If we don’t have anything to hide, if we have no hidden agenda nor any material ambition, then we can look straight at God and at anyone. If we have not compromise any Gospel values, nor become fence-sitters indifferent to those who were in need or have suffered unjustly, then we can look straight at anybody. If we act morally and speak truthfully, we can stand proud and look straight.
This Extraordinary Jubilee Year of Mercy impels me to make full use of my God given talents and not to squander His gifts. I resolve not to neglect my responsibilities nor abuse the trust of others. Then, I can look straight into their eyes.
When we are inside in any house, we look around to politely acknowledge the presence of the hosts and the other people present. To look around is to be aware of those who are in our midst. To look around is to be attentive to the pressing situation.
In life, we have to look around so that we will not lose anyone or neglect someone. We have to look around in order to find out who are those in need of our care and concern, our help and healing. We look around so that no one will think that he is forgotten or abandoned. We look around so that everyone will feel welcome and accepted.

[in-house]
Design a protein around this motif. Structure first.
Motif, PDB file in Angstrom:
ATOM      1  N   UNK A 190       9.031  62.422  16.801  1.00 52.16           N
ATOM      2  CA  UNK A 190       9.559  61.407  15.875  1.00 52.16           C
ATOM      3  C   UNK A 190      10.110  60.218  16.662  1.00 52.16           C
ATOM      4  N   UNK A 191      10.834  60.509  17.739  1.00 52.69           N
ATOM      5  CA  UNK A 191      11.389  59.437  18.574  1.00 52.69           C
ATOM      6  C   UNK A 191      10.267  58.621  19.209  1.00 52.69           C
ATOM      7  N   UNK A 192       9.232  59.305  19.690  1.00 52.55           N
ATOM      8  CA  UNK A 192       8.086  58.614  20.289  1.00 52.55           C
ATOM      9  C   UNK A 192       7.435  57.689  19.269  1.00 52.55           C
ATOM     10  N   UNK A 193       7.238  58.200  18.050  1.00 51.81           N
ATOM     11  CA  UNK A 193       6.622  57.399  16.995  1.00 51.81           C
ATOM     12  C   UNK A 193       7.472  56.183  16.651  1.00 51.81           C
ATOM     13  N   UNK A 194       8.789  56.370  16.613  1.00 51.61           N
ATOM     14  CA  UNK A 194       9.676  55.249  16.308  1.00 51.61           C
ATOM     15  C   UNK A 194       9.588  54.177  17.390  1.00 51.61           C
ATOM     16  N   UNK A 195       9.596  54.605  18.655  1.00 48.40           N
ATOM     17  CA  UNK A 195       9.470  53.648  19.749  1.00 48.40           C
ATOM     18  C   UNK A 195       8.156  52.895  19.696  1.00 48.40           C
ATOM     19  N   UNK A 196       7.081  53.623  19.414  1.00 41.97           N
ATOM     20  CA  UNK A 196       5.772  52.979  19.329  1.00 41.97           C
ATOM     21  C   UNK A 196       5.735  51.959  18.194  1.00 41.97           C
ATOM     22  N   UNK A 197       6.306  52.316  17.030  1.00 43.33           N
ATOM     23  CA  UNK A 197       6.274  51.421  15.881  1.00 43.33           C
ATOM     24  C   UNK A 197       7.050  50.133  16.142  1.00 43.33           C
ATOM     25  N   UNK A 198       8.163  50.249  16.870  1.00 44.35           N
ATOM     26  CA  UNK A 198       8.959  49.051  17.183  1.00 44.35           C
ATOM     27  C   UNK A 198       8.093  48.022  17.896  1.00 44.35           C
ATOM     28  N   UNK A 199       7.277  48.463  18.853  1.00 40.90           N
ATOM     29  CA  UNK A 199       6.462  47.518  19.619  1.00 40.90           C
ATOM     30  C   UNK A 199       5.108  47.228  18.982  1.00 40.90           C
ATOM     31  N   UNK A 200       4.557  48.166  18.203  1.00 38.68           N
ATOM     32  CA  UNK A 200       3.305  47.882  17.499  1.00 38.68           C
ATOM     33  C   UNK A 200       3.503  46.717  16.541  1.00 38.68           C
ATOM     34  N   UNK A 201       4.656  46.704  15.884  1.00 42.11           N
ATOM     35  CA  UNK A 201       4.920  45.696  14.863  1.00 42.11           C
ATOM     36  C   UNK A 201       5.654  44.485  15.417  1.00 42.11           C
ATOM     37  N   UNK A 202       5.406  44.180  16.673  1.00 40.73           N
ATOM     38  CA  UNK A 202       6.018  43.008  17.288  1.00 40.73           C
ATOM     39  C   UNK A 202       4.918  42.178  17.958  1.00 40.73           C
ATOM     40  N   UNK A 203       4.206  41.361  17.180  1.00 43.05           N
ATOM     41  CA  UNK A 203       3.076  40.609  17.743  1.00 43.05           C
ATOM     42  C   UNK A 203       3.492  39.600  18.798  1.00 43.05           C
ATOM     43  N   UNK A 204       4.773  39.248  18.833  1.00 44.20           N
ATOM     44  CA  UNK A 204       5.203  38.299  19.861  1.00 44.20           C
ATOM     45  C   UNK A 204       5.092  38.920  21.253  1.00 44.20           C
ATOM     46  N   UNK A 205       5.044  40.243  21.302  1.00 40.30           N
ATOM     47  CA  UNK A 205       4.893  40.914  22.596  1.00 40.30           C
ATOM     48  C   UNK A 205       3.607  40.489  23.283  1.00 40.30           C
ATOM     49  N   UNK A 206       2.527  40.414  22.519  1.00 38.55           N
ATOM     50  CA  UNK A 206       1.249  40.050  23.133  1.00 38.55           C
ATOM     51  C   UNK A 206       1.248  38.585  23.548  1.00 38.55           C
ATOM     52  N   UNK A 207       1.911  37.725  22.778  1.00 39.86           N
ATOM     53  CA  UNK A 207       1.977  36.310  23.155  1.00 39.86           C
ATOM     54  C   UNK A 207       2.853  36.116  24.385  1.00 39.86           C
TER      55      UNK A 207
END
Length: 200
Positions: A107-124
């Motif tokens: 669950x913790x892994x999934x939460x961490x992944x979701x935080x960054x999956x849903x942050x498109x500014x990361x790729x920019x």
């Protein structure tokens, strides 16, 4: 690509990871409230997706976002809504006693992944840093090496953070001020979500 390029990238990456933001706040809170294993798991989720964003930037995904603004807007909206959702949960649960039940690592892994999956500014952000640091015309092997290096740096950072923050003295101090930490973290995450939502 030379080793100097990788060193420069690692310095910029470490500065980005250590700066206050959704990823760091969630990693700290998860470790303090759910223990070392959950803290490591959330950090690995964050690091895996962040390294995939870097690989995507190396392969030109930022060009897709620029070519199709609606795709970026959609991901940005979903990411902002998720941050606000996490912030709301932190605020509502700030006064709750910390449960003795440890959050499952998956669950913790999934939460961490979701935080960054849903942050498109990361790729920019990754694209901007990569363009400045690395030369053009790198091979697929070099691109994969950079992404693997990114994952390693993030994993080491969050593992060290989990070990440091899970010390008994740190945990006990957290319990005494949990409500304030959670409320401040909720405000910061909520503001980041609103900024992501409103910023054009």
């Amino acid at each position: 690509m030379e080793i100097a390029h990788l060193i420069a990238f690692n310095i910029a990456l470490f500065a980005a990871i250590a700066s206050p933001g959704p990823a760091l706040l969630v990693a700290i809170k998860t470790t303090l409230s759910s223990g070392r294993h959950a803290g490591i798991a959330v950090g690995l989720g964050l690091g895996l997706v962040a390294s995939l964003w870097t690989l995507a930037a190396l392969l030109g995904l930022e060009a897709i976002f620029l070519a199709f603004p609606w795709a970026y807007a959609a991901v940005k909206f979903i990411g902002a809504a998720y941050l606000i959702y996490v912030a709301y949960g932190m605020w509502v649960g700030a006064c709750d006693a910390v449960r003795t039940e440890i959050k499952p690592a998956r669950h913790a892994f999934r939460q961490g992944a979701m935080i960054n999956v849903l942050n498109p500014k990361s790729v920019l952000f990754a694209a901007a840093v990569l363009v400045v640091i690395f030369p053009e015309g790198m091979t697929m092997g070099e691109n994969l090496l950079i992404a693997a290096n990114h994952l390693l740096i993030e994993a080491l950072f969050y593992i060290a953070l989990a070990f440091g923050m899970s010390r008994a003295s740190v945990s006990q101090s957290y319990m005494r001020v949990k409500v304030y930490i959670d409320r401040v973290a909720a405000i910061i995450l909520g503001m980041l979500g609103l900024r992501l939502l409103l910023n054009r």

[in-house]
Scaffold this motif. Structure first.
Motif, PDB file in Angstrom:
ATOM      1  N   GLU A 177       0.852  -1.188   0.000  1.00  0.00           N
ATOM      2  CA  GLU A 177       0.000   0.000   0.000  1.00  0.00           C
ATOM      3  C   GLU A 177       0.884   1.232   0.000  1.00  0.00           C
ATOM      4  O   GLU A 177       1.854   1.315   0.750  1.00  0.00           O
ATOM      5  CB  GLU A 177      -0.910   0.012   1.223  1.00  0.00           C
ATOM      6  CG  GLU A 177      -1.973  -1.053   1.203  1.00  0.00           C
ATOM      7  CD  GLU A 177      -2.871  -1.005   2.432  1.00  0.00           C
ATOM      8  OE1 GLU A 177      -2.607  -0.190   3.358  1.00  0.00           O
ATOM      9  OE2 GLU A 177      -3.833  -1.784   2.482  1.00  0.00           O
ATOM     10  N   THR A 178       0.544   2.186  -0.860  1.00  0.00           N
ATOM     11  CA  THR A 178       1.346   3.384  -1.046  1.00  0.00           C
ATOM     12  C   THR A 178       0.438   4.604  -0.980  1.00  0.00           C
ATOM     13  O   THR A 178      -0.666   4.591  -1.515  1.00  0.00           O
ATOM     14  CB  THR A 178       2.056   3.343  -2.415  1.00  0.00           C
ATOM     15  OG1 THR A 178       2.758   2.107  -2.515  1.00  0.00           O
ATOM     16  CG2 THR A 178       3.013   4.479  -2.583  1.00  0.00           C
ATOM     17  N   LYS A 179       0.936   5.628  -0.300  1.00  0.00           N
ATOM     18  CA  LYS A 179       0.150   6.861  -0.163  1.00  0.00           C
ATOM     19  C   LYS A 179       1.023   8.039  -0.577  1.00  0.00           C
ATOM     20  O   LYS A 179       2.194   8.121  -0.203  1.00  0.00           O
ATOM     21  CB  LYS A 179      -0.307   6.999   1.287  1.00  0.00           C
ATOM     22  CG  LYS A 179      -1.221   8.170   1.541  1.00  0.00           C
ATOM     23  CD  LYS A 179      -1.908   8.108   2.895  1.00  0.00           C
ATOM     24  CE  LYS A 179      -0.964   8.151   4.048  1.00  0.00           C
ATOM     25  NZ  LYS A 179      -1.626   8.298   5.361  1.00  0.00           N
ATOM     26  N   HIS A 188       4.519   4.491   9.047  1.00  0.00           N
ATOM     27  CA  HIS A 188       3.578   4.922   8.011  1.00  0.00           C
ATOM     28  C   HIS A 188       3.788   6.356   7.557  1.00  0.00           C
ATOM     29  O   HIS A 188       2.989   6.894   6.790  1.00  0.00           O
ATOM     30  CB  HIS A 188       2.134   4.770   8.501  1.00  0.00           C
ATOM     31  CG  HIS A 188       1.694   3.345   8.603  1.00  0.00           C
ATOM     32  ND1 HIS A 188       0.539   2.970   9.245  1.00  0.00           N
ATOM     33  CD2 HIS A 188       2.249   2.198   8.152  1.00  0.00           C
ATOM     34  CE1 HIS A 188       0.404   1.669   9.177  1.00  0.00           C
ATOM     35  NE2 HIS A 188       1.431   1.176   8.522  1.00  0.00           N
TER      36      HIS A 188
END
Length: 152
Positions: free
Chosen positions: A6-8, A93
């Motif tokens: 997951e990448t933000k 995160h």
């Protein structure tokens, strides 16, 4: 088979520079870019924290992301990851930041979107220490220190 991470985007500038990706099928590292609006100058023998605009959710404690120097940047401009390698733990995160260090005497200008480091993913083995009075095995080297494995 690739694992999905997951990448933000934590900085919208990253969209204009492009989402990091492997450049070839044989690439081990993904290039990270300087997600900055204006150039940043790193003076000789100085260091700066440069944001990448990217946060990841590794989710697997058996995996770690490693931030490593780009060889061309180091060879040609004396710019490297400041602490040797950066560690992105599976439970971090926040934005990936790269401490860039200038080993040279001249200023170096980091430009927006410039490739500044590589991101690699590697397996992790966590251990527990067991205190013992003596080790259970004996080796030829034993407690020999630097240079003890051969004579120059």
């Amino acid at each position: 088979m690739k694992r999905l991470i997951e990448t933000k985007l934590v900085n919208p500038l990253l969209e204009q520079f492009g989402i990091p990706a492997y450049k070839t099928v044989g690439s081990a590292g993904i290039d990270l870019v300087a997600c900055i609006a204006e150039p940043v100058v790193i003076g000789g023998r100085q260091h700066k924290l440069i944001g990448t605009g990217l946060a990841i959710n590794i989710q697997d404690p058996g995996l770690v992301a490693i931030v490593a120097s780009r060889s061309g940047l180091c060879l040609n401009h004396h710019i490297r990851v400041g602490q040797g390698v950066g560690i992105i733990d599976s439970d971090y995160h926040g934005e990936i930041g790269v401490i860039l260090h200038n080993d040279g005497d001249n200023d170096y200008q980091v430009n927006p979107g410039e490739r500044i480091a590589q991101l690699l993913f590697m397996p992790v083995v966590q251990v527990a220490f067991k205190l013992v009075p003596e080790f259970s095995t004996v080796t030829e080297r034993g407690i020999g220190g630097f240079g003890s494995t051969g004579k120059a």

This Extraordinary Jubilee Year of Mercy, God is looking around to find us and to bring us back to His loving fold. Let us also look around to see those who are asking for our love and forgiveness. Let us look around to search for those who have been left behind so that we can lead them back to God.
The Extraordinary Jubilee Year of Mercy urges us to look up to Christ, to look up to the Cross which is our only source of redemption and the channel of God’s infinite graces.
And now as we exit, let us know that whenever we go, we always have to lift up our hearts to Christ and to look up to His Cross.
+Ruperto Cruz Santos, DD
Bishop of Balanga and CBCP
Episcopal Chairman for the Pastoral care of Migrants and Itinerant People